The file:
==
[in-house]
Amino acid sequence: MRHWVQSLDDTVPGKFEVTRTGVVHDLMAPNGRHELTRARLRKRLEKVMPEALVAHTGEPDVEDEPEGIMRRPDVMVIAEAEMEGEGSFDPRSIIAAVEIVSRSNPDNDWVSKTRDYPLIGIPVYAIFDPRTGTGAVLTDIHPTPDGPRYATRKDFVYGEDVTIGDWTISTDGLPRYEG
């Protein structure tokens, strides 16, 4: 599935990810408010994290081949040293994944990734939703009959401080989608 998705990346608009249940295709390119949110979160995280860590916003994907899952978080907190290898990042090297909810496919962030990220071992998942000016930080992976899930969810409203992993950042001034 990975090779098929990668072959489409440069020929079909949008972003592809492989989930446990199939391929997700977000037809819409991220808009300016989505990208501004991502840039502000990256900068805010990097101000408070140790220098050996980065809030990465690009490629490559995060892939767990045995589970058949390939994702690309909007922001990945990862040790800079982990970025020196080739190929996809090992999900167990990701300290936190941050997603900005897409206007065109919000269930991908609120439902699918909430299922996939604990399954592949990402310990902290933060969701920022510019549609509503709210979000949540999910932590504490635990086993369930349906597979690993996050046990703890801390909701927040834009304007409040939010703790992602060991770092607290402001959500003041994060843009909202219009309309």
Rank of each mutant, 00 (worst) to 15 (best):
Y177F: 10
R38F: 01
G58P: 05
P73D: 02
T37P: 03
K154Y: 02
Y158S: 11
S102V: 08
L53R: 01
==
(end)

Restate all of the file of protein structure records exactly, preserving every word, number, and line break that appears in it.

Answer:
[in-house]
Amino acid sequence: MRHWVQSLDDTVPGKFEVTRTGVVHDLMAPNGRHELTRARLRKRLEKVMPEALVAHTGEPDVEDEPEGIMRRPDVMVIAEAEMEGEGSFDPRSIIAAVEIVSRSNPDNDWVSKTRDYPLIGIPVYAIFDPRTGTGAVLTDIHPTPDGPRYATRKDFVYGEDVTIGDWTISTDGLPRYEG
């Protein structure tokens, strides 16, 4: 599935990810408010994290081949040293994944990734939703009959401080989608 998705990346608009249940295709390119949110979160995280860590916003994907899952978080907190290898990042090297909810496919962030990220071992998942000016930080992976899930969810409203992993950042001034 990975090779098929990668072959489409440069020929079909949008972003592809492989989930446990199939391929997700977000037809819409991220808009300016989505990208501004991502840039502000990256900068805010990097101000408070140790220098050996980065809030990465690009490629490559995060892939767990045995589970058949390939994702690309909007922001990945990862040790800079982990970025020196080739190929996809090992999900167990990701300290936190941050997603900005897409206007065109919000269930991908609120439902699918909430299922996939604990399954592949990402310990902290933060969701920022510019549609509503709210979000949540999910932590504490635990086993369930349906597979690993996050046990703890801390909701927040834009304007409040939010703790992602060991770092607290402001959500003041994060843009909202219009309309």
Rank of each mutant, 00 (worst) to 15 (best):
Y177F: 10
R38F: 01
G58P: 05
P73D: 02
T37P: 03
K154Y: 02
Y158S: 11
S102V: 08
L53R: 01